Geneva – A Qatari court has issued unfair life sentences against dissidents for their participation in peaceful protests calling for the abolition of the Shura Council law in August 2021, Euro-Med Human Rights Monitor said today in a statement expressing deep concern.
The Qatari Criminal Court held a secret session on 10 May, in which it issued life sentences against two brothers and lawyers, Hazza bin Ali Abu Sherida al-Marri and Rashid bin Ali Abu Sherida al-Marri, based on accusations related to exercising their legitimate rights to freedom of opinion, expression, and peaceful assembly.
The authorities arrested the two brothers on 10 and 11 August last year after they participated in the protests in Doha. At the time, hundreds of the Al-Murrah tribe organized peaceful protests that continued for days, calling on the Qatari authorities to repeal the Shura Council elections law and grant them their full rights, including candidacy and election, just like the rest of the Qataris.
The court also issued a life sentence in absentia against Qatari poet Mohammed bin Rashid bin Al Dheeb Al-Ajmi, and another sentence in absentia for Mohammed Hamad Mohammed Al-Marri, for 15 years in prison for supporting the aforementioned protests on social media sites. Both are residing in UAE.
These harsh sentences are a setback for democratic openness that give worrying signals about the future of freedoms in the country. Infringing on people's freedoms and criminalizing the exercise of their legitimate rights clearly contradicts the Qatari constitution, which guarantees freedom of opinion, expression, and publication, and contradicts the authorities' declared goal of democratic reform.
The court convicted the four activists on a set of charges, including "resorting to threats and other illegal means to compel the Emir to perform work within his legal jurisdiction; spreading false and malicious rumors and news at home and abroad with the intent of harming national interests; stirring up public opinion and compromising the state’s social order; organizing a public assembly without a license;" and other charges that seem loose and unfair.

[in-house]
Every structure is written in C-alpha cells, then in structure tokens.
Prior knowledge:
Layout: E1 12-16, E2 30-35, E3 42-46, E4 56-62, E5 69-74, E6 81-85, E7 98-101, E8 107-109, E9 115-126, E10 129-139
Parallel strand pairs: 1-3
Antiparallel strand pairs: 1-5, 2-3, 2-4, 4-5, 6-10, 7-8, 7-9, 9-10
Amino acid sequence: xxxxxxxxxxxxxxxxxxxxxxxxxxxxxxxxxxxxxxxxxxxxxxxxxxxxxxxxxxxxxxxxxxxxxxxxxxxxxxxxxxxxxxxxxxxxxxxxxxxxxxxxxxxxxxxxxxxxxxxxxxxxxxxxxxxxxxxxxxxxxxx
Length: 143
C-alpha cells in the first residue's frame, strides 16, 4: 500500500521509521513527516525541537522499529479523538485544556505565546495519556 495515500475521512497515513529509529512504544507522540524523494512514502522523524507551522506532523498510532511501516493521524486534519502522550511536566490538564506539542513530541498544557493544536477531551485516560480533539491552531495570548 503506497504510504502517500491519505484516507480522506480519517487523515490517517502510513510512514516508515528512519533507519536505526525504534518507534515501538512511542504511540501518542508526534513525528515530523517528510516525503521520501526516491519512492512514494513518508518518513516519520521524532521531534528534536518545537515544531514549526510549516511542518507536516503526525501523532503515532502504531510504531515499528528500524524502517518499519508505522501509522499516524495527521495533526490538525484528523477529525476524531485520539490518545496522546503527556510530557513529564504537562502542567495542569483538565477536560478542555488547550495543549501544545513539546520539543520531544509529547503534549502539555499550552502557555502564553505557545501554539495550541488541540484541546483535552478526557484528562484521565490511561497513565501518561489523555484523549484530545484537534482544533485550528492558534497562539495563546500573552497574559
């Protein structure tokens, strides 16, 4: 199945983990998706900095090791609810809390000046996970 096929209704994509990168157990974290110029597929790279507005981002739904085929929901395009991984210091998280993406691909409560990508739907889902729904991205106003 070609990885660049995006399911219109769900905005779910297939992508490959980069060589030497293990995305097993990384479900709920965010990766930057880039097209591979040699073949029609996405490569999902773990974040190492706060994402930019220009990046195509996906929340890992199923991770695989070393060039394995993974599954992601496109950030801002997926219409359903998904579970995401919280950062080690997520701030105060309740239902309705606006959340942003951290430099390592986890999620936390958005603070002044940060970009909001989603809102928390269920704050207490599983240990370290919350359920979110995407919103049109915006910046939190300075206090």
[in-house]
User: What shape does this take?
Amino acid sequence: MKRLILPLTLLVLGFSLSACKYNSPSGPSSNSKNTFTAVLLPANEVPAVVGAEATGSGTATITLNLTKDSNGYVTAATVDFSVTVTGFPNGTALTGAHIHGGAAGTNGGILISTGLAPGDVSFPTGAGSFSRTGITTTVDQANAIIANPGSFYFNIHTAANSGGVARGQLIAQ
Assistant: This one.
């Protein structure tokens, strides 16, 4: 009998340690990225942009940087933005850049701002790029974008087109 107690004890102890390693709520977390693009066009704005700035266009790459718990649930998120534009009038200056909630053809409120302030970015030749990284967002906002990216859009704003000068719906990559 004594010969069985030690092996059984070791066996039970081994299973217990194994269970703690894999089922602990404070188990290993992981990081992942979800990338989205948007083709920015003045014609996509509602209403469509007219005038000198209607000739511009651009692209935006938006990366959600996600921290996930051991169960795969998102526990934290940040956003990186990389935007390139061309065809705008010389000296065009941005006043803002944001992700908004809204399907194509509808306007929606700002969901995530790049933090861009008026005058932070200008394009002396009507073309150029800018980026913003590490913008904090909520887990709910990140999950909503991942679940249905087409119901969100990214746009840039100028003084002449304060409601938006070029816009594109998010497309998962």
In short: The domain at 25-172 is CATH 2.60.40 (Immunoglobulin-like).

The trial lacked the minimum requirement of justice, as it took place in secret without prior public details, and it was not verified whether the accused or their representatives were granted their legal right to defend themselves or if the authorities allowed them to benefit from all legal procedures required in such cases.
The Qatari authorities should not use the judiciary to punish opponents and critics. They should preserve its independency and impartially and settle various disputes according to standards of justice, without honing articles of the constitution and other laws to issue rulings that may be politicized.
In August 2021, Euro-Med Monitor documented the referral of seven citizens, including attorney, Hazza Al-Marri, to the Public Prosecution for their participation in peaceful protests against the Shura Council elections law. The authorities then demanded their release.
Qatar's accession to the International Covenant on Political and Civil Rights in 2018 obliges it to fulfill its obligations under the International Covenant, especially Article 19, which affirms the right of every person to freedom of opinion and expression. Article 21 also states: "The right of peaceful assembly shall be recognized. No restrictions may be placed on the exercise of this right other than those imposed in conformity with the law and which are necessary in a democratic society."
The Qatari authorities should abolish the unjust sentences against the four activists, provide them with fair trial conditions and guarantees, and respect the rights of individuals to express their opinions freely and hold peaceful assemblies without prosecution or criminalization.